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To Prune or not to Prune?

Pruning is crucial for the health and growth of trees and shrubs and can be a confusing and daunting task for many homeowners when it comes to maintaining their landscape. Many people aren’t sure what to do or when to do it. However, proper pruning is crucial to keep trees and shrubs healthy and visually appealing. This fact sheet will provide you with the necessary information on equipment, principles, and techniques required for most pruning jobs. Although the discussion revolves around pruning ornamental trees and shrubs, many of the same principles apply to specialised procedures such as those for tree fruit, small fruit, and roses.


Table Of Content

  • When should we prune?
  • How much pruning is needed?
  • Must-have tools for pruning
  • Caring for your tools

When should we prune?

The timing of pruning is extremely important and depends on the type of plant and the desired outcome. When deciding when to prune, there are a few simple factors that need to be considered.

Basic considerations for pruning:

Dead, damaged, or dying wood:
Wood of this type can be pruned anytime and should be removed as soon as it is evident.

Spring-flowering trees and shrubs:
These should be pruned right after they bloom since they bloom on wood that was produced during the previous growing season.

Summer-flowering trees and shrubs:
These should be pruned in late winter or spring before new growth begins. Their flowers are borne on wood produced that same year.

Trees and shrubs without flowers or fruit:
These should be pruned when they are dormant, usually in late winter or spring, before growth has started. This includes most deciduous shrubs and shade trees, most needled evergreens, and many of the "non-flowering" broadleaved evergreens. Pruning when deciduous trees are dormant is especially helpful because it allows one to see the form and structure of the tree without the leafy canopy. Some trees "bleed" after pruning. Although this causes no harm, pruning these trees can be delayed until their leaves are fully expanded.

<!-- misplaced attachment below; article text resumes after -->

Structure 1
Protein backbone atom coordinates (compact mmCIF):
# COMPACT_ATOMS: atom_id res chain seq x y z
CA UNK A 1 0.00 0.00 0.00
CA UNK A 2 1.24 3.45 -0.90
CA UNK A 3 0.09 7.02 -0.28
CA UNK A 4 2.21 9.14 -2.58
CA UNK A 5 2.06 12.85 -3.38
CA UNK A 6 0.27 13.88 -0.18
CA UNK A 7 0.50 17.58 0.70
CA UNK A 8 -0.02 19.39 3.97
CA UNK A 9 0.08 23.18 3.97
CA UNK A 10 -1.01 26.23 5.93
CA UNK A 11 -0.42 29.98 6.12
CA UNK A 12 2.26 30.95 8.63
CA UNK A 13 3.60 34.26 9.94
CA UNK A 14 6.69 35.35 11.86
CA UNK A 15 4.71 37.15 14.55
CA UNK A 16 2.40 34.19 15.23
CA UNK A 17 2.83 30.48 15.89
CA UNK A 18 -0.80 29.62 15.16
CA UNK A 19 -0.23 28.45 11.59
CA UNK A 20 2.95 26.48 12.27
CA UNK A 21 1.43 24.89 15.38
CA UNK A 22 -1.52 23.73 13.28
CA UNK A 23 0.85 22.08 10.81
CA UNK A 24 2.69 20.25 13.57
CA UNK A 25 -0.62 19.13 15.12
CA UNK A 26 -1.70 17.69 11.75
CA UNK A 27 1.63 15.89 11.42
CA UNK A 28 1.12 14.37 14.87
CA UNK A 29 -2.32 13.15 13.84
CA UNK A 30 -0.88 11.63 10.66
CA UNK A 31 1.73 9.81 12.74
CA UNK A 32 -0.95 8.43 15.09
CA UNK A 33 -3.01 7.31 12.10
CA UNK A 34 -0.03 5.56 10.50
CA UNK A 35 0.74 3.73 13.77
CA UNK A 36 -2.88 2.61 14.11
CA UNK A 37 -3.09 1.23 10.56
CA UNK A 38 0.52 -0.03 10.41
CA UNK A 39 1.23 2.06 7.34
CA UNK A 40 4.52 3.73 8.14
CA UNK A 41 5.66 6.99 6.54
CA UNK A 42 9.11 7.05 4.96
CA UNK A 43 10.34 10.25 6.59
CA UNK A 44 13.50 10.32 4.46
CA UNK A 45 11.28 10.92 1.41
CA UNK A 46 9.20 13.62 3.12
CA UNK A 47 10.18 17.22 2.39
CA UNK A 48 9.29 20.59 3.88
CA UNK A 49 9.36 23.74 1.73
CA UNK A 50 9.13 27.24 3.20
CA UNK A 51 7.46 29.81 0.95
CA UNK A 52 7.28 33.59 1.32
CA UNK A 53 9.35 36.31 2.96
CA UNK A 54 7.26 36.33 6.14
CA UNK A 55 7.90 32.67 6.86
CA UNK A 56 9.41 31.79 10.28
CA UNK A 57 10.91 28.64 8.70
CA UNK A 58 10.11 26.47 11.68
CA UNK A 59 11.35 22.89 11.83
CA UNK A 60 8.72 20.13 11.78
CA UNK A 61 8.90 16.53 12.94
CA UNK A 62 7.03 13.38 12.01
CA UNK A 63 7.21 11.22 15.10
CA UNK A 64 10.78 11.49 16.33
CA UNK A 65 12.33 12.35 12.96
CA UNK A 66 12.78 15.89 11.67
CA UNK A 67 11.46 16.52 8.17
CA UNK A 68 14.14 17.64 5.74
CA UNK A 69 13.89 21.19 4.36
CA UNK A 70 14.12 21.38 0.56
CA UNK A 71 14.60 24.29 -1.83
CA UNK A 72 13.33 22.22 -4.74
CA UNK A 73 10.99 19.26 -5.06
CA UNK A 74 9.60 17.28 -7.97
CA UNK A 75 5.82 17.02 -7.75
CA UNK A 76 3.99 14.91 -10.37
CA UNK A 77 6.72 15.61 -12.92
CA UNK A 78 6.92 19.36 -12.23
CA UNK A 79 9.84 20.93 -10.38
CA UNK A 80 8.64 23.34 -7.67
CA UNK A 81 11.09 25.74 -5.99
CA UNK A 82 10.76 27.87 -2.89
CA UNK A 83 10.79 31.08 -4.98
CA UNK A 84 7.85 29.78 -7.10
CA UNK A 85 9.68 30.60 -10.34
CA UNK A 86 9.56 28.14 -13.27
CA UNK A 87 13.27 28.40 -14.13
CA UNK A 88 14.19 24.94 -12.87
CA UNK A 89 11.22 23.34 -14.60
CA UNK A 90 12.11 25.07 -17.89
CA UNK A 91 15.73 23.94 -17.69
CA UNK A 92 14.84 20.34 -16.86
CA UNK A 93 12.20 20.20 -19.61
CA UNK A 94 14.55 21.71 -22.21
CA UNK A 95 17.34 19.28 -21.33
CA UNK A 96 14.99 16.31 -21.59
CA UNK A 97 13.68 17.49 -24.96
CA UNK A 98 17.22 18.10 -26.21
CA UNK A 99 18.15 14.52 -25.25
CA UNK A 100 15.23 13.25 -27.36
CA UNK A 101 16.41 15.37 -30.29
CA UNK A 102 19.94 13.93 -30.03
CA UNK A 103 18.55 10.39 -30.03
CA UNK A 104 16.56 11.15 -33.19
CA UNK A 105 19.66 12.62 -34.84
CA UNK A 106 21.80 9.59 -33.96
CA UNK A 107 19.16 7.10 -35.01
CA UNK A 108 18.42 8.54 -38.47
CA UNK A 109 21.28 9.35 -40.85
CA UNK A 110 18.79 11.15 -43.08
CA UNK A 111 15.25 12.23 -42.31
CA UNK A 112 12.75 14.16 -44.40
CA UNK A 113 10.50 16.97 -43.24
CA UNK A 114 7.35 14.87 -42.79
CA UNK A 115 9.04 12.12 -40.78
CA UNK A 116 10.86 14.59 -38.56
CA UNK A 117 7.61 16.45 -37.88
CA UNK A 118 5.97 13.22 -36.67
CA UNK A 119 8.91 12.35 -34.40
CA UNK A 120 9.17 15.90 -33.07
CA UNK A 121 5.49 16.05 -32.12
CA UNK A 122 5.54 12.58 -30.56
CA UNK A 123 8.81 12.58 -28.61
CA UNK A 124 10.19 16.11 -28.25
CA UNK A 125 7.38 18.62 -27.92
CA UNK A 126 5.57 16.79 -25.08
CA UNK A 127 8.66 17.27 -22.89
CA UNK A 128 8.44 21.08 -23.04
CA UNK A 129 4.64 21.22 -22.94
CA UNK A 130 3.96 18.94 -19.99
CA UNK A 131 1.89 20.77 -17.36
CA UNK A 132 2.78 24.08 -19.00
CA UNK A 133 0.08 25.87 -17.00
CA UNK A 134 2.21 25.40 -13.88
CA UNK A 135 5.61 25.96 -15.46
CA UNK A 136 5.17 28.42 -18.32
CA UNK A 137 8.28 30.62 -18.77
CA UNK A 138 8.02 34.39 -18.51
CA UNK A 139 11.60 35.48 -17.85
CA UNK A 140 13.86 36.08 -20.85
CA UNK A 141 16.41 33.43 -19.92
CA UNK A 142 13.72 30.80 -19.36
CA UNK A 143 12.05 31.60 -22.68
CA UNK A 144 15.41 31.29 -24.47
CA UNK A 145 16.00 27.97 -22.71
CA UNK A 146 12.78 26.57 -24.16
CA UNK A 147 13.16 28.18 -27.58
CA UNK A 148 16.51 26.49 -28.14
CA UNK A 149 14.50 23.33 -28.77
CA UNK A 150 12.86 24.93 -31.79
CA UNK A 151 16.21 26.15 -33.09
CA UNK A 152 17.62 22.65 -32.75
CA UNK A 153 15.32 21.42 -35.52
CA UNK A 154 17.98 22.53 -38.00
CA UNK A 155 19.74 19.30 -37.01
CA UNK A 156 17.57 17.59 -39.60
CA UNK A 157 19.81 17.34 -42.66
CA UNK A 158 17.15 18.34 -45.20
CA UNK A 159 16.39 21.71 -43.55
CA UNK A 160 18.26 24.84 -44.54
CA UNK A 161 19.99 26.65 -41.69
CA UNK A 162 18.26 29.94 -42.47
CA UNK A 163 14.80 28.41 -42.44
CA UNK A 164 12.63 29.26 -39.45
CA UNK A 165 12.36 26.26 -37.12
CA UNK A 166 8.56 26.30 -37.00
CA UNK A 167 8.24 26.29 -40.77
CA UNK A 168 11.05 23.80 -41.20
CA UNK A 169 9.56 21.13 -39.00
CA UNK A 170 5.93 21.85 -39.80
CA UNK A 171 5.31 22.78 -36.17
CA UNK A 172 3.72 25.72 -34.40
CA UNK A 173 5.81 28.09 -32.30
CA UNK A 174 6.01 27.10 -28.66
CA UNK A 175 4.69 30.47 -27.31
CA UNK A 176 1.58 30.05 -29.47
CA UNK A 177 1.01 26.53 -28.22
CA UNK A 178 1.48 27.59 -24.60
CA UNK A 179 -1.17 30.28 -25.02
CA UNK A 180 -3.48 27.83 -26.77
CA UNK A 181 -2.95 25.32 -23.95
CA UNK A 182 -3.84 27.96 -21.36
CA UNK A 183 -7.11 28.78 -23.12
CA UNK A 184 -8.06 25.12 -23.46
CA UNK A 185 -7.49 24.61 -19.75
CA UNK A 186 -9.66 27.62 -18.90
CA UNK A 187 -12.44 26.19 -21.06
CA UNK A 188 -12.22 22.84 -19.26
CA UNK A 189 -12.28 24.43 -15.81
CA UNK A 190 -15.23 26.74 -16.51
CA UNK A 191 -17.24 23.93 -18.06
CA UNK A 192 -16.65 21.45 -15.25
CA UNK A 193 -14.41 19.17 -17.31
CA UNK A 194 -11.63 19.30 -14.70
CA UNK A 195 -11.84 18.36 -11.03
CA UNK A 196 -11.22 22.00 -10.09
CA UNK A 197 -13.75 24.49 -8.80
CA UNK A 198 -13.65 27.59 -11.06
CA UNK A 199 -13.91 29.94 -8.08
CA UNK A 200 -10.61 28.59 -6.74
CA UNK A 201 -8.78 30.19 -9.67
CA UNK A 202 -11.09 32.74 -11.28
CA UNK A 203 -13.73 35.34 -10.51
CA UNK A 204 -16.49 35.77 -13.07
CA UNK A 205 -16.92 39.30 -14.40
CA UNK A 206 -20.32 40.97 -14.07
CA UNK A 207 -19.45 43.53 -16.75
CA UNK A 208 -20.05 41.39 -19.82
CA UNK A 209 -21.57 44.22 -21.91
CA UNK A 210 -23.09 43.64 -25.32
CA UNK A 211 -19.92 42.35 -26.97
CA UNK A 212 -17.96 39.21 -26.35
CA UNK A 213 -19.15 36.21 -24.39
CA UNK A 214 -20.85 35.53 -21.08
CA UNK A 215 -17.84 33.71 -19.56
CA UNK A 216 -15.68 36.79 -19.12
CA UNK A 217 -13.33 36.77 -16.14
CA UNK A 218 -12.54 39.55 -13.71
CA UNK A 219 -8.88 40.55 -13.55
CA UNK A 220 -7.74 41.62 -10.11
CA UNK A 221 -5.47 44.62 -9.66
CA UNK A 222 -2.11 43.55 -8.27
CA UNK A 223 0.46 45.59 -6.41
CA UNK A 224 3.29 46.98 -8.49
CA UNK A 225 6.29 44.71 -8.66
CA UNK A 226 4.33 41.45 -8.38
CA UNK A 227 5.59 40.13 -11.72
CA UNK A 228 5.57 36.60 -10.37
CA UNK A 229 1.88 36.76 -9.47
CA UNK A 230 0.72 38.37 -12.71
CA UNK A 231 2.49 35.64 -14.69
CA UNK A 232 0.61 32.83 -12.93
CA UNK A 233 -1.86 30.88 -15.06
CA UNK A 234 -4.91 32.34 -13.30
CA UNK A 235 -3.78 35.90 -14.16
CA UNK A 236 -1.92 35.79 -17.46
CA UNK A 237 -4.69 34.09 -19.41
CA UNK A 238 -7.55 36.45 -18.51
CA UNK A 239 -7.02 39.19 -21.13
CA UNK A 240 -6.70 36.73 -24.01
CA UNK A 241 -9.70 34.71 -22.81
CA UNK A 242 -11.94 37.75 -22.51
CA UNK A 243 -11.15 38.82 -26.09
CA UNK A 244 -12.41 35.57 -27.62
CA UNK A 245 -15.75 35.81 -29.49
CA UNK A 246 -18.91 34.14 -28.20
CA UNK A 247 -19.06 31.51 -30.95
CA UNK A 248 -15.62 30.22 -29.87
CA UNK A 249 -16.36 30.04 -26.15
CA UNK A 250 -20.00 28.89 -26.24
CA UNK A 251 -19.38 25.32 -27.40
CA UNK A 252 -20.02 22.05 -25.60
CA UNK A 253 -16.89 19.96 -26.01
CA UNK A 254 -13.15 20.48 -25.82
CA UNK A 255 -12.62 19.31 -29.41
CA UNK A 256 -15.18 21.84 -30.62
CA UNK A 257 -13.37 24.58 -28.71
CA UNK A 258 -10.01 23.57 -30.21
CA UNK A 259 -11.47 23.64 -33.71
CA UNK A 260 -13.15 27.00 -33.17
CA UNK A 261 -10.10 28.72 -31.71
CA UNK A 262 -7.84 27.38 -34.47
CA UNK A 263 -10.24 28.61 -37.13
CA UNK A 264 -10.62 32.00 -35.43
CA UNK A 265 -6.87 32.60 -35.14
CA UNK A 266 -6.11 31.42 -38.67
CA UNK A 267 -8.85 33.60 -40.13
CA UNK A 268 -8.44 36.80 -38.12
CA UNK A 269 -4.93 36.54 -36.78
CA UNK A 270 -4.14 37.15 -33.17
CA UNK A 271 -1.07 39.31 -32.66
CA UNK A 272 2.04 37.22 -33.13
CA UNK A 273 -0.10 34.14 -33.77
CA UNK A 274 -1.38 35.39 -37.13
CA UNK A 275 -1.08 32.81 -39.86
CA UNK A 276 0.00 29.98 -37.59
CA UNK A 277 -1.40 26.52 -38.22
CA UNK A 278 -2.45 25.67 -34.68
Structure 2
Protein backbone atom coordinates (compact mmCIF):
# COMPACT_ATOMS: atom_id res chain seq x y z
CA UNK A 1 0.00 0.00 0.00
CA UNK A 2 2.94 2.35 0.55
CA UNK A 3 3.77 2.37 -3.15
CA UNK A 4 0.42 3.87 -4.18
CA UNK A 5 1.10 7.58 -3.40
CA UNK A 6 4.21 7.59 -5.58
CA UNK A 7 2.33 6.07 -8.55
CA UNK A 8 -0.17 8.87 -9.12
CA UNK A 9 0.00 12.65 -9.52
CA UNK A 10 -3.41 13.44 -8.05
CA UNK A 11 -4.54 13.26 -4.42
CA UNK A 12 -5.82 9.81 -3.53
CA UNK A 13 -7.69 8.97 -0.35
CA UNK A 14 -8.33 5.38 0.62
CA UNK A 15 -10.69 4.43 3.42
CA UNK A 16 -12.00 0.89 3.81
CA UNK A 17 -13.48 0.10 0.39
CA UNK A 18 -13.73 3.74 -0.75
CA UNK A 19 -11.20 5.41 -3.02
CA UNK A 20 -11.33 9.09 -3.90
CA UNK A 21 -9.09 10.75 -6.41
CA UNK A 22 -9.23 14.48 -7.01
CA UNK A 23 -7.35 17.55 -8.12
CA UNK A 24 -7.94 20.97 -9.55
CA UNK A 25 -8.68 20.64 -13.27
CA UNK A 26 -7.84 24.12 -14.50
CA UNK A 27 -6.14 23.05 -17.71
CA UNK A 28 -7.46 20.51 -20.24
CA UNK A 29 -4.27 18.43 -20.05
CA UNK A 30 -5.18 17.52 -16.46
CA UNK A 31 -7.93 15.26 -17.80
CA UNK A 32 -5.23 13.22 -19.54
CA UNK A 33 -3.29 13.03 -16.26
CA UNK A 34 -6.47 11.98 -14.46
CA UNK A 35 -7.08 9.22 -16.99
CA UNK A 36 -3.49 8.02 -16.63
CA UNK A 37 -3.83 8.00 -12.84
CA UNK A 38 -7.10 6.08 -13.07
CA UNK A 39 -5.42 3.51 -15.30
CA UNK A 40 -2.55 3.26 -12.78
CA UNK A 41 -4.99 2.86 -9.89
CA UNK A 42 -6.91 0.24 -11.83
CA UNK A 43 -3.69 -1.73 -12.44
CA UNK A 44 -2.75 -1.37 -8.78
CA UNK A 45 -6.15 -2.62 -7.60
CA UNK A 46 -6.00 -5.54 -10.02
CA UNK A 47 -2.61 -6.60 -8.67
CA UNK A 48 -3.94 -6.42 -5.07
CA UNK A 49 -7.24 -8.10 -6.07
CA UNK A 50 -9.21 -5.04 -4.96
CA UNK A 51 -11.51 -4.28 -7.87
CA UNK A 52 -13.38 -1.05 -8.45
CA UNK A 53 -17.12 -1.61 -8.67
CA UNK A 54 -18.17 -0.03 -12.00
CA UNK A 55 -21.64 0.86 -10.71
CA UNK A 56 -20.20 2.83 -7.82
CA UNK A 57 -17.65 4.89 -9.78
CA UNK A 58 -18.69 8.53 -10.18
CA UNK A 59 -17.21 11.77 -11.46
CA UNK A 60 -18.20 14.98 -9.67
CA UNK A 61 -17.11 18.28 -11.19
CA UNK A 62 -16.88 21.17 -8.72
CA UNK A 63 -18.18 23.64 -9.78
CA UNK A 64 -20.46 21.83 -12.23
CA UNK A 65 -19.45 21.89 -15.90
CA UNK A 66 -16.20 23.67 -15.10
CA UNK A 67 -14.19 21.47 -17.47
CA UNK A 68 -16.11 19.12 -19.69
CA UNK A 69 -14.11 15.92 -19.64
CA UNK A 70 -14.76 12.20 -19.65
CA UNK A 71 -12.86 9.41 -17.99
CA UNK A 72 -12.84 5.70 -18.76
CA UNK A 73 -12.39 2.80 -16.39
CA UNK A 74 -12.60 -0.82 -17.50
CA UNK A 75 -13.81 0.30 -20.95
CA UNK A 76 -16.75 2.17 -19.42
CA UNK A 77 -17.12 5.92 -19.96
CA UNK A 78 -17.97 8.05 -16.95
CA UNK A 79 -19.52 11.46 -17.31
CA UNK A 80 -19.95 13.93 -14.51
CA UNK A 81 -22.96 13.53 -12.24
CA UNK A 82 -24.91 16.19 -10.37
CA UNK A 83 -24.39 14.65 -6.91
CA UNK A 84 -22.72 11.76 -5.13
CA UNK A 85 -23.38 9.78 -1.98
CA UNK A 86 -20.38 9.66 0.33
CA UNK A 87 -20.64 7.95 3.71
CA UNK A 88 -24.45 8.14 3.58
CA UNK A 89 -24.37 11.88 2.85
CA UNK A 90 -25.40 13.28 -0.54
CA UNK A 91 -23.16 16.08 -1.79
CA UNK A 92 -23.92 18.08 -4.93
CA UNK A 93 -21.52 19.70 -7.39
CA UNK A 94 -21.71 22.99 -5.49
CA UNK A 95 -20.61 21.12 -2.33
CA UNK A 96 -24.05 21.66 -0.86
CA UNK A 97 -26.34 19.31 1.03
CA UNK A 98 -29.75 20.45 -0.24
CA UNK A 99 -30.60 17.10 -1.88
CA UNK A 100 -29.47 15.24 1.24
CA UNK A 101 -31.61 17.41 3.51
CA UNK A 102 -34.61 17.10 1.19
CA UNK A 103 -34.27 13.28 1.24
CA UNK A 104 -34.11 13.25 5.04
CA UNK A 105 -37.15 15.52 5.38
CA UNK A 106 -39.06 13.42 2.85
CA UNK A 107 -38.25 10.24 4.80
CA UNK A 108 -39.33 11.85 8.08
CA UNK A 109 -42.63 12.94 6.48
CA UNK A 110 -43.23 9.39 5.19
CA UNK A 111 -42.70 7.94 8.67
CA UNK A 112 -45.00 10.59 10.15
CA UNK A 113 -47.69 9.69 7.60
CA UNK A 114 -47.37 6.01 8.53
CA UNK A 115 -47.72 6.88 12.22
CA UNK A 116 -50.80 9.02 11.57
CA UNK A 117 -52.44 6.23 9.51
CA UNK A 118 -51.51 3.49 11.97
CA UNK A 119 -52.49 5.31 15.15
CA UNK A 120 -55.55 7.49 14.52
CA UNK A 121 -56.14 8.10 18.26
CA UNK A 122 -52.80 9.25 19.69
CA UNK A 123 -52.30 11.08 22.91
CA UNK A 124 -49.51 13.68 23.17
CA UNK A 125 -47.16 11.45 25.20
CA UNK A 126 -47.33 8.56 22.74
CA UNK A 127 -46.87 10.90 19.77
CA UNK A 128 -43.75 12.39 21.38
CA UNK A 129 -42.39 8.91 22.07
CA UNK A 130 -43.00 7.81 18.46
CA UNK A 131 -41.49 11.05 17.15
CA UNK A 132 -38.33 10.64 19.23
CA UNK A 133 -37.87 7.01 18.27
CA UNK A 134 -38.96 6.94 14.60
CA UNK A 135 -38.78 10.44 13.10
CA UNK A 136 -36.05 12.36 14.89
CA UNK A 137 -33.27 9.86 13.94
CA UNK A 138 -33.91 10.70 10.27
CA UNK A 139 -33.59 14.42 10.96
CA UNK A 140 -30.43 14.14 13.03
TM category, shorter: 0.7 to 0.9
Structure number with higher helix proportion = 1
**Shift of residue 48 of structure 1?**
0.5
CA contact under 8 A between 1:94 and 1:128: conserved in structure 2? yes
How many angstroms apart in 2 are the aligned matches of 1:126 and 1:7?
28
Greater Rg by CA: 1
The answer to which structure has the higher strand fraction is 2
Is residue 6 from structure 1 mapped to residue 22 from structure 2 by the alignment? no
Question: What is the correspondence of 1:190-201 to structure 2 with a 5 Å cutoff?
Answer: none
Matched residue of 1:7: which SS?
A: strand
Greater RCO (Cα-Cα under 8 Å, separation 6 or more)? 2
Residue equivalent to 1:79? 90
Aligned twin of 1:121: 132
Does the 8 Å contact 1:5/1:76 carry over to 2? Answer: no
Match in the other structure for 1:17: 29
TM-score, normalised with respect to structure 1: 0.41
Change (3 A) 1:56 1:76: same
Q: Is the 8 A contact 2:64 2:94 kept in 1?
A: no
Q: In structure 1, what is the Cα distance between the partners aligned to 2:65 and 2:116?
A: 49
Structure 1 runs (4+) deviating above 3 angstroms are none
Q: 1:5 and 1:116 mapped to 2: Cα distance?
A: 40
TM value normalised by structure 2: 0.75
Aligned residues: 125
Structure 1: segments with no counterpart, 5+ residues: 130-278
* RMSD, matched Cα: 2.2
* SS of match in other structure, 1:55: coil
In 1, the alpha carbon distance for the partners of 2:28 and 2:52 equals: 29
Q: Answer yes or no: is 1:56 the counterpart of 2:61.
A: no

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How much pruning is needed?

Most trees and shrubs benefit from light to moderate pruning every year or every few years. However, most needled evergreens require infrequent, minimal pruning. Proper tools are important for effective pruning and maintaining the beauty of your landscaping.

Must-have tools for pruning:

Pruning Shears:

Pruning shears are essential tools for trimming shrubs, flowers, vines, and small growth on trees. These hand-held tools can cut branches and twigs up 19mm thick. There are three types of pruning shears: anvil, bypass, and ratchet. The most popular of the three is the bypass pruner which operates like scissors and is ideal for growing stems. Anvil pruners have a straight blade that uses a splitting action and are suitable for dry branches and stems. Ratchet pruners are similar to anvil pruners, but they have a mechanism that cuts in stages, making them a good choice for those who don’t want to strain their wrists.



Loppers are ideal for cutting branches that are up to 64mm thick. They are particularly useful for pruning fruit trees, nut trees, and vines. Loppers look similar to a pair of hand shears, but their blades are thicker, and the handle is much longer. They are available in anvil, bypass, and ratchet styles.

Pruning Saws:

Pruning saws, available in a variety of styles, can be used to cut branches ranging in diameter from 38mm to 127mm.


Hedge Shears:

Hedge shears are ideal for trimming hedges, small shrubs, evergreens, and deadheading perennials. They can be used on any hedge shrub and cut branches up to 57mm thick.

Pole Pruners:

If you need to reach dead wood in trees or to do light pruning, a pole pruner (tree pruner) is an essential tool. Pole pruners are versatile and can be used on any tree to cut through branches up to 32mm in diameter. The best part is that most pole pruners can reach 2.5m or more, which can eliminate the need for a ladder in many cases. It’s also important to note that there are electric pole pruners available, too.

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Caring for your tools:

It's important to maintain the proper working order of your tools. Keeping them clean is a top priority as tree sap can cause obstructions and tree diseases can spread from tree to tree. You should always carry a rag with you to wipe down the blades between uses. If you have been pruning diseased branches, make sure to clean the blade with alcohol before moving on to another plant.



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